Hotel review

Blackberry Mountain hotel review: Luxury wellness and adventure in the heart of Dolly Parton country

Every detail has been considered at this resort in Tennessee’s Great Smoky Mountains, finds George Clode, with cosy interiors and a range of outdoors activities

Sunday 03 March 2024 06:57 GMT
Blackberry Mountain resort is nestled in Tennessee’s Great Smoky Mountains
Blackberry Mountain resort is nestled in Tennessee’s Great Smoky Mountains (Blackberry Mountain)

In a nutshell: Hidden in the rugged beauty of East Tennessee, this lodge-style hotel may be pricy but it offers an enchanting blend of luxury and adventure


The Great Smoky Mountains, East Tennessee side. You can drive there in three hours from Nashville on a good day, or make a pit stop at Dollywood – the country legend’s theme park in Pigeon Forge – for thrills, spills and good ol’ Southern comfort food. The mountains themselves are breathtaking, and the views from the front of the hotel stretch far above the surrounding forest and out to the peaks beyond.

The vibe

Think hunting lodge, but for hunters with exquisite taste and a passion for the finer things in life. Timber, slate and stone, with wooden beams, roaring fires and floor-to-ceiling windows. The extreme cosiness of the interiors would normally make venturing outside wholly unappealing. But with the Great Smokies on your doorstep and innumerable ways to explore them laid on by the hotel, getting outdoors is a must. Even if it is just for a dip in the heated infinity pool.

Blackberry Mountain, so cosy that you’ll be tempted to stay tucked up inside (Blackberry Mountain)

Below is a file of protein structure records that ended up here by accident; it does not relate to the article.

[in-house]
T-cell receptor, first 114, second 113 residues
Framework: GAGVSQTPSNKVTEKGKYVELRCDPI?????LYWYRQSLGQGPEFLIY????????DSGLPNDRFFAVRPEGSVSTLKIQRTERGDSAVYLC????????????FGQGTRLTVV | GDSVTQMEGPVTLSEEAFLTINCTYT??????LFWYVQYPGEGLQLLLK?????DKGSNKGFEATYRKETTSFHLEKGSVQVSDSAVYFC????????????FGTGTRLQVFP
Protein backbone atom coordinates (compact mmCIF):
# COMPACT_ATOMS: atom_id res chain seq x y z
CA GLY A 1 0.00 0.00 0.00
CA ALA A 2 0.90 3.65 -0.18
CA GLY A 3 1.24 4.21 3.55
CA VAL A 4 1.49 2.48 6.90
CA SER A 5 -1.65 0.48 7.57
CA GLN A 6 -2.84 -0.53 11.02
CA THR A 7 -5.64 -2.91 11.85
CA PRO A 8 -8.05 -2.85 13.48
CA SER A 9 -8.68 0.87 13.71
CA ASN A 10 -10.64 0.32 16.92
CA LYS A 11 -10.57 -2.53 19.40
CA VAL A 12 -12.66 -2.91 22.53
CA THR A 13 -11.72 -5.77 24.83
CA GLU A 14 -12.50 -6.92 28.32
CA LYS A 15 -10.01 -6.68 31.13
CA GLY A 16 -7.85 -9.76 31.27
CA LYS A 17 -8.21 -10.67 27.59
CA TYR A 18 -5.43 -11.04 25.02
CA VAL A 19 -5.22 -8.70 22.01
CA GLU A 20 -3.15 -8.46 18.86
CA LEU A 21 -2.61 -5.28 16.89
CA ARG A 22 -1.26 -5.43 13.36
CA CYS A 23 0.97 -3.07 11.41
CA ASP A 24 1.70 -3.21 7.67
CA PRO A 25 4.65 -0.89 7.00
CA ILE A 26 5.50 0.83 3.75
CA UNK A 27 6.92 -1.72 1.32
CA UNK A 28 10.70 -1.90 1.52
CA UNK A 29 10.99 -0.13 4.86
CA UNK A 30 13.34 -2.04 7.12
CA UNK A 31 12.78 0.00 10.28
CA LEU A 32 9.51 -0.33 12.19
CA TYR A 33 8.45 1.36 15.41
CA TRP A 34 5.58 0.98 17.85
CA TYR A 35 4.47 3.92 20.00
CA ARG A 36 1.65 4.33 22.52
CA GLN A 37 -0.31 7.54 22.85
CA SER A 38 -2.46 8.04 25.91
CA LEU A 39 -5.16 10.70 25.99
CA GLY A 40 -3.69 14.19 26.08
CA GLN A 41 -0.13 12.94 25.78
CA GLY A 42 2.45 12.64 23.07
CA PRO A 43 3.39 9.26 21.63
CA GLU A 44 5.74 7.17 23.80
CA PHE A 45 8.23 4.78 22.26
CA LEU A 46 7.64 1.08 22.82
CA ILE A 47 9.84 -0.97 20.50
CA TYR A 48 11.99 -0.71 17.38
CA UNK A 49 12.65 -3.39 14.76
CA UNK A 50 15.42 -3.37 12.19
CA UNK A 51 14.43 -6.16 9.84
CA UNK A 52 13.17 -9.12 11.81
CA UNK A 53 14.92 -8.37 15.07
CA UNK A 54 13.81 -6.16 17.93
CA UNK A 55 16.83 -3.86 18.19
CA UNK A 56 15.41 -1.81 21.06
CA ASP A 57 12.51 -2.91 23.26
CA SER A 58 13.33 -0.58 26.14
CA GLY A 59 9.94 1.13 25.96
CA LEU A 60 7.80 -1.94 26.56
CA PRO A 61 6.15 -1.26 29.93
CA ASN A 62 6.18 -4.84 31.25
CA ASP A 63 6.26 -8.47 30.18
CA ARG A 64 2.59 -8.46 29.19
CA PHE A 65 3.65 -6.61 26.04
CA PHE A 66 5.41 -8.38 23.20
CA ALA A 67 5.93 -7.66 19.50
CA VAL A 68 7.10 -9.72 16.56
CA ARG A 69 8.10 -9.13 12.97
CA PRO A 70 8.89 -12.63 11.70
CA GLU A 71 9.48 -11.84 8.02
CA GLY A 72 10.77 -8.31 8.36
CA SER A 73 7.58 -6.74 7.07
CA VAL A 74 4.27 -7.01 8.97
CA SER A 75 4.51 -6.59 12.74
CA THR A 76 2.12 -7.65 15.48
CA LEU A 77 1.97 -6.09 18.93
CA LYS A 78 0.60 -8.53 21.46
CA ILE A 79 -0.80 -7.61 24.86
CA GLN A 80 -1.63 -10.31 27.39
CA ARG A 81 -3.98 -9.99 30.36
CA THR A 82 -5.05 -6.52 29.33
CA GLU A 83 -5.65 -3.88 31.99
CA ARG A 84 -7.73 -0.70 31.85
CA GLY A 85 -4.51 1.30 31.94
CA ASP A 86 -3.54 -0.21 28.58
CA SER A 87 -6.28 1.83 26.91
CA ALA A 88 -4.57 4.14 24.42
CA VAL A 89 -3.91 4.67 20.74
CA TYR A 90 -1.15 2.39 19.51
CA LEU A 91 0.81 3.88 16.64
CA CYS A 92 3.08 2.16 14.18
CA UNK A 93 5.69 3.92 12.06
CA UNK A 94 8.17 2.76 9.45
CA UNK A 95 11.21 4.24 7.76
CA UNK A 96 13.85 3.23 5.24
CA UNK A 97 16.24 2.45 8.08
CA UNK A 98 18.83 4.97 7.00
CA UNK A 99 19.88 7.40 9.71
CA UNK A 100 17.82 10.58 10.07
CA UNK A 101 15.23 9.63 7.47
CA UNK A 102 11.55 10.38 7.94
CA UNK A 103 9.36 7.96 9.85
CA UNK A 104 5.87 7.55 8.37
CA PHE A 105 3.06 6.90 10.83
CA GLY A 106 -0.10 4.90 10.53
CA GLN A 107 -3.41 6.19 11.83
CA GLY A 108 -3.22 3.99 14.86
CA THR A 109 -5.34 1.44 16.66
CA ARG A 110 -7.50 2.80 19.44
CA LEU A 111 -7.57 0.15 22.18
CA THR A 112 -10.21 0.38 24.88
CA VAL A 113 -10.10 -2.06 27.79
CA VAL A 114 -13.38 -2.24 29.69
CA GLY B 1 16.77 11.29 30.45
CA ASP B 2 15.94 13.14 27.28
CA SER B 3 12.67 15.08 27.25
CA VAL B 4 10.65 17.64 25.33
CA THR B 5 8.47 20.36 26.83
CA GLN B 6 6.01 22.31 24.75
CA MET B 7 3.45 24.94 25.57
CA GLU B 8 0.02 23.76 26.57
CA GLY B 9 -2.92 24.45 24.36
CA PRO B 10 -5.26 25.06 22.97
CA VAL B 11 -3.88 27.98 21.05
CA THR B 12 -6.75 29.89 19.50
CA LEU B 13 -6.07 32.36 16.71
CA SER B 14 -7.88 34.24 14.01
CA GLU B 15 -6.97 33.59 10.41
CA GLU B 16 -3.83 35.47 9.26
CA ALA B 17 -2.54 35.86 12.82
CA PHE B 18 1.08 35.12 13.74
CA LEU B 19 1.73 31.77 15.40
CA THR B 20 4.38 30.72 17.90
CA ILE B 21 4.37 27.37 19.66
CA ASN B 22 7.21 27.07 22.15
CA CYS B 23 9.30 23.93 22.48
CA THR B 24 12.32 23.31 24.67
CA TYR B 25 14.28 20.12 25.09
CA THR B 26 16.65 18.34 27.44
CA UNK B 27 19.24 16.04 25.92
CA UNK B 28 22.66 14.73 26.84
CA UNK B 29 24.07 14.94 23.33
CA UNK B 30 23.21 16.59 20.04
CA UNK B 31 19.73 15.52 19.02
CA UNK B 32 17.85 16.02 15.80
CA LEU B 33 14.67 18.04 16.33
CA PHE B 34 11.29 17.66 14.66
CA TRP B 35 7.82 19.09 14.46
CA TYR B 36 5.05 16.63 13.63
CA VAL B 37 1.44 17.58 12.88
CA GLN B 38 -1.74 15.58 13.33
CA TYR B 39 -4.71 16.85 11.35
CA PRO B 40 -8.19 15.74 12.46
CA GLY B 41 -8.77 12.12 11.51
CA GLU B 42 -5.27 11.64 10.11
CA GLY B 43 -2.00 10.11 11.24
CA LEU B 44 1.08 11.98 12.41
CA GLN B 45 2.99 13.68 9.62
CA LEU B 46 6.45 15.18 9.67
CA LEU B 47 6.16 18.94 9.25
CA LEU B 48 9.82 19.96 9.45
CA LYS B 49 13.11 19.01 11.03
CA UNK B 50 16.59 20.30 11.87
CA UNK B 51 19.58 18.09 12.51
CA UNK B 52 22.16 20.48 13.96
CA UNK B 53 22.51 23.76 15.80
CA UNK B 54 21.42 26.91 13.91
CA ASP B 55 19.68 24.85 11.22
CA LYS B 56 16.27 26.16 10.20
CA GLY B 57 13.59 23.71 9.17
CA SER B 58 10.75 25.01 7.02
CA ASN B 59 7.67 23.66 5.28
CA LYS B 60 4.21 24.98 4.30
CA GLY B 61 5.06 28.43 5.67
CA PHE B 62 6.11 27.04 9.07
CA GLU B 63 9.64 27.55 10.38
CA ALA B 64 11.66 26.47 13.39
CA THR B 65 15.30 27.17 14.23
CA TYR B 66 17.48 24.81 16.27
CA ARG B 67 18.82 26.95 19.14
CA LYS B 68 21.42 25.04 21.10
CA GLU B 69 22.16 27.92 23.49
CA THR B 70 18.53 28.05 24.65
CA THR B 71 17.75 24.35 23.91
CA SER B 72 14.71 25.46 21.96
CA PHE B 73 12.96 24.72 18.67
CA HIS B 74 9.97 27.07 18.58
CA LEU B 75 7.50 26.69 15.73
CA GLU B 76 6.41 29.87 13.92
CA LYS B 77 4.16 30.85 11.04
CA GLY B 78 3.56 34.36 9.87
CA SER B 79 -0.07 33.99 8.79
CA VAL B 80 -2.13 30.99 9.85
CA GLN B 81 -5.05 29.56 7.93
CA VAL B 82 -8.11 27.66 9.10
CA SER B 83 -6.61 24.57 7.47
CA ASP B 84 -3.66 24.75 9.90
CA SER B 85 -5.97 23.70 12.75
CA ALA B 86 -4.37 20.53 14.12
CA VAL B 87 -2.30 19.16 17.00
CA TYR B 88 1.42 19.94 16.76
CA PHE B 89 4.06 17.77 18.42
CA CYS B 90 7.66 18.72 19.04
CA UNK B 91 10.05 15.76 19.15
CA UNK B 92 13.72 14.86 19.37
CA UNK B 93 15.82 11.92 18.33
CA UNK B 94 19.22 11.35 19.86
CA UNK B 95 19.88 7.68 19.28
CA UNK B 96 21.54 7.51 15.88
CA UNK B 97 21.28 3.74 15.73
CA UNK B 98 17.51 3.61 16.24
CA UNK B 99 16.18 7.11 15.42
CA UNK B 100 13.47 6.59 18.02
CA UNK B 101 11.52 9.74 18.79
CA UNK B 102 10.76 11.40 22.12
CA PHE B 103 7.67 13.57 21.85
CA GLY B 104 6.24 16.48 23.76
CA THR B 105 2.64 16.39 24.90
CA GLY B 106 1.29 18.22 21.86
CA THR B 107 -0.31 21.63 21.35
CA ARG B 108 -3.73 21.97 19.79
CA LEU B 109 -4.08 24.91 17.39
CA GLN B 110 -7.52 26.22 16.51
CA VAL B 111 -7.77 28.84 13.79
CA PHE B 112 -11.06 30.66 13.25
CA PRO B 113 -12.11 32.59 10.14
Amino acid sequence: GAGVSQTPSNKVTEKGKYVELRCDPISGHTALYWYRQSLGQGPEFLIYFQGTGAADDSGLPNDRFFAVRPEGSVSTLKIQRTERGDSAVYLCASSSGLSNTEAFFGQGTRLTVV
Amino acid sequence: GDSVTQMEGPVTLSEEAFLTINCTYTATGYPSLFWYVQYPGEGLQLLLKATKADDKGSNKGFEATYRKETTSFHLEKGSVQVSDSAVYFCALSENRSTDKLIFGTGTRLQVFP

The service

Attentive but not intrusive. In fact the highly personalised nature of the service and the impressive knowledge of the team was a highlight of our visit. Special mentions to Scott from the grounds team for his tour and history of the site; Alex from the Fire Tower restaurant for being infinitely accommodating and friendly; and Andy from the Valley cycling club, who essentially taught me how to mountain bike while identifying all the sounds of the forest.

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Bed and bath

The hotel has 23 stone cottages named after plants, 14 treehouses named after butterflies and moths, and 10 rental properties named after trees. Built using resources from the mountain, these properties blend naturally into the landscape, ensuring undisturbed views for hikers and bikers from nearby lookouts.

Our substantial stone cottage, Bittersweet, was built at treetop height, giving us an outstanding perspective above and across the green canopy. The way the cottage is laid out means that you can enjoy this view from the massive bathroom with a glass of wine in the bath – which I did, many times. Bonus points for the secret TV hidden behind a painting above the wood burner.

Treehouses make for an immersive nature experience at Blackberry Mountain (Blackberry Mountain)

Food and drink

The first thing to mention is that breakfasts and dinners are included in the price of your room, which goes some way to explaining the top dollar tariff. The hotel’s main restaurant is Three Sisters. The menu changes regularly and, as with everything, the service team are more than happy to go off-menu.